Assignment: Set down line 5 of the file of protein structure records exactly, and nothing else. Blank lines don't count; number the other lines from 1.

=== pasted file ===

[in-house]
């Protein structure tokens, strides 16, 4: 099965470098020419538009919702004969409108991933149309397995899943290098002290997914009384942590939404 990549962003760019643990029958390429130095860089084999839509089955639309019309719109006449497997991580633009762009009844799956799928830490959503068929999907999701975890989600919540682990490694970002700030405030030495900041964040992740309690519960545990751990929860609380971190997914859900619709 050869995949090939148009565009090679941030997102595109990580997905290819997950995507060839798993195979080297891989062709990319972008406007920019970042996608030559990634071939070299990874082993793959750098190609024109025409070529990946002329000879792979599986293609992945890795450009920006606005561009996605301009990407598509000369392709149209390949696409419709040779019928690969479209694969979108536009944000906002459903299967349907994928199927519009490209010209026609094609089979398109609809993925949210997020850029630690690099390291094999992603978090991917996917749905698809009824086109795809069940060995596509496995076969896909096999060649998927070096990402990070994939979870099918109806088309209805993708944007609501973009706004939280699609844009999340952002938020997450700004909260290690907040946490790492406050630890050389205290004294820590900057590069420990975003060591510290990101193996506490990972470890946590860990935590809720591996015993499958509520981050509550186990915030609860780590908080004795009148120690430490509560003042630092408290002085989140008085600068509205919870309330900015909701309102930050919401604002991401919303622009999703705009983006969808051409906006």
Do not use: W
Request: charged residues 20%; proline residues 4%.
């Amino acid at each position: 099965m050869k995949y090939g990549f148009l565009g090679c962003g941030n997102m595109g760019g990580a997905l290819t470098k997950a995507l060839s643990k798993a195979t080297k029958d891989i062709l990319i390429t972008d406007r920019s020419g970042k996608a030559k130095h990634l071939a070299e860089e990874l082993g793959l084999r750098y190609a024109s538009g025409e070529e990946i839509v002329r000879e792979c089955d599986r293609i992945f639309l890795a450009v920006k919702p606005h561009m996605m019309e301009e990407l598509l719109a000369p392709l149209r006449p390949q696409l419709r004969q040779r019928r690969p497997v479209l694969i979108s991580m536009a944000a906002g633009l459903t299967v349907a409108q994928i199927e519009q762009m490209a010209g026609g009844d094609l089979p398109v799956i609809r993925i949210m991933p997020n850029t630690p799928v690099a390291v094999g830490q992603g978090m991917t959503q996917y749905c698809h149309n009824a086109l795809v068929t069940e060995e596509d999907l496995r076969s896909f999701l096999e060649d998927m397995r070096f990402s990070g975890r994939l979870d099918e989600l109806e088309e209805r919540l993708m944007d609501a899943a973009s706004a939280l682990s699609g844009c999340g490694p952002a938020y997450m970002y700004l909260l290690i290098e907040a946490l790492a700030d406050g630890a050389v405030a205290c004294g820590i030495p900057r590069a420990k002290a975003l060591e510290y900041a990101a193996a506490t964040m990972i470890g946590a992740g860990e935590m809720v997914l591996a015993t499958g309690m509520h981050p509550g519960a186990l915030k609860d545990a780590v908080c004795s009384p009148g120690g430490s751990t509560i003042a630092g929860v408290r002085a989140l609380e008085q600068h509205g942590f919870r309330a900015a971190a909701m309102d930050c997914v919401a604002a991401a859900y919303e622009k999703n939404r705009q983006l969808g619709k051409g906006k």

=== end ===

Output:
């Amino acid at each position: 099965m050869k995949y090939g990549f148009l565009g090679c962003g941030n997102m595109g760019g990580a997905l290819t470098k997950a995507l060839s643990k798993a195979t080297k029958d891989i062709l990319i390429t972008d406007r920019s020419g970042k996608a030559k130095h990634l071939a070299e860089e990874l082993g793959l084999r750098y190609a024109s538009g025409e070529e990946i839509v002329r000879e792979c089955d599986r293609i992945f639309l890795a450009v920006k919702p606005h561009m996605m019309e301009e990407l598509l719109a000369p392709l149209r006449p390949q696409l419709r004969q040779r019928r690969p497997v479209l694969i979108s991580m536009a944000a906002g633009l459903t299967v349907a409108q994928i199927e519009q762009m490209a010209g026609g009844d094609l089979p398109v799956i609809r993925i949210m991933p997020n850029t630690p799928v690099a390291v094999g830490q992603g978090m991917t959503q996917y749905c698809h149309n009824a086109l795809v068929t069940e060995e596509d999907l496995r076969s896909f999701l096999e060649d998927m397995r070096f990402s990070g975890r994939l979870d099918e989600l109806e088309e209805r919540l993708m944007d609501a899943a973009s706004a939280l682990s699609g844009c999340g490694p952002a938020y997450m970002y700004l909260l290690i290098e907040a946490l790492a700030d406050g630890a050389v405030a205290c004294g820590i030495p900057r590069a420990k002290a975003l060591e510290y900041a990101a193996a506490t964040m990972i470890g946590a992740g860990e935590m809720v997914l591996a015993t499958g309690m509520h981050p509550g519960a186990l915030k609860d545990a780590v908080c004795s009384p009148g120690g430490s751990t509560i003042a630092g929860v408290r002085a989140l609380e008085q600068h509205g942590f919870r309330a900015a971190a909701m309102d930050c997914v919401a604002a991401a859900y919303e622009k999703n939404r705009q983006l969808g619709k051409g906006k």